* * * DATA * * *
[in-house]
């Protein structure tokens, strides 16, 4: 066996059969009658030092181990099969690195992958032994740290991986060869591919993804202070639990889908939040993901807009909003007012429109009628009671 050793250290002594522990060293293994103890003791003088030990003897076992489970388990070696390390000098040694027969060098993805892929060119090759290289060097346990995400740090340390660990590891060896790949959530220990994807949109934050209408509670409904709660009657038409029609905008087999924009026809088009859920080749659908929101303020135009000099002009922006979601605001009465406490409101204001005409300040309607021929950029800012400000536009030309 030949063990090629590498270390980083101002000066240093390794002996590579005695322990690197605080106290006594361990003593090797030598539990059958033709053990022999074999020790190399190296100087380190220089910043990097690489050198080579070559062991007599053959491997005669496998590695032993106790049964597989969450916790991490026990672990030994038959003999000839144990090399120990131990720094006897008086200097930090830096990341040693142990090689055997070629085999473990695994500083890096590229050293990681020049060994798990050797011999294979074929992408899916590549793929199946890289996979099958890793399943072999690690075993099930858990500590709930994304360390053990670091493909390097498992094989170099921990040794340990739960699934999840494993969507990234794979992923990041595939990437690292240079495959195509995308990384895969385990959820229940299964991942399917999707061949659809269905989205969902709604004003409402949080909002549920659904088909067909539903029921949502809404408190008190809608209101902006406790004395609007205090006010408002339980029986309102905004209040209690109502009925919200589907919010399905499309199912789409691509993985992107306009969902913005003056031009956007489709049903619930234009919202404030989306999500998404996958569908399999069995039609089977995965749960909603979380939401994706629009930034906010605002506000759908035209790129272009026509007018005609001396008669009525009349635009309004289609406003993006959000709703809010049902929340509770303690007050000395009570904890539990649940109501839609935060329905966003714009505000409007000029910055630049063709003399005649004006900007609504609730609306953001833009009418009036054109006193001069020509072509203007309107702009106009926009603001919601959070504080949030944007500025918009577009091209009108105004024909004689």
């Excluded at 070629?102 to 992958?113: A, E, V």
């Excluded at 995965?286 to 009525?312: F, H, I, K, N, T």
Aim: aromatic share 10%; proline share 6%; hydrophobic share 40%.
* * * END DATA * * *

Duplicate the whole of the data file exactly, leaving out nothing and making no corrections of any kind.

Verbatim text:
[in-house]
């Protein structure tokens, strides 16, 4: 066996059969009658030092181990099969690195992958032994740290991986060869591919993804202070639990889908939040993901807009909003007012429109009628009671 050793250290002594522990060293293994103890003791003088030990003897076992489970388990070696390390000098040694027969060098993805892929060119090759290289060097346990995400740090340390660990590891060896790949959530220990994807949109934050209408509670409904709660009657038409029609905008087999924009026809088009859920080749659908929101303020135009000099002009922006979601605001009465406490409101204001005409300040309607021929950029800012400000536009030309 030949063990090629590498270390980083101002000066240093390794002996590579005695322990690197605080106290006594361990003593090797030598539990059958033709053990022999074999020790190399190296100087380190220089910043990097690489050198080579070559062991007599053959491997005669496998590695032993106790049964597989969450916790991490026990672990030994038959003999000839144990090399120990131990720094006897008086200097930090830096990341040693142990090689055997070629085999473990695994500083890096590229050293990681020049060994798990050797011999294979074929992408899916590549793929199946890289996979099958890793399943072999690690075993099930858990500590709930994304360390053990670091493909390097498992094989170099921990040794340990739960699934999840494993969507990234794979992923990041595939990437690292240079495959195509995308990384895969385990959820229940299964991942399917999707061949659809269905989205969902709604004003409402949080909002549920659904088909067909539903029921949502809404408190008190809608209101902006406790004395609007205090006010408002339980029986309102905004209040209690109502009925919200589907919010399905499309199912789409691509993985992107306009969902913005003056031009956007489709049903619930234009919202404030989306999500998404996958569908399999069995039609089977995965749960909603979380939401994706629009930034906010605002506000759908035209790129272009026509007018005609001396008669009525009349635009309004289609406003993006959000709703809010049902929340509770303690007050000395009570904890539990649940109501839609935060329905966003714009505000409007000029910055630049063709003399005649004006900007609504609730609306953001833009009418009036054109006193001069020509072509203007309107702009106009926009603001919601959070504080949030944007500025918009577009091209009108105004024909004689």
């Excluded at 070629?102 to 992958?113: A, E, V």
């Excluded at 995965?286 to 009525?312: F, H, I, K, N, T």
Aim: aromatic share 10%; proline share 6%; hydrophobic share 40%.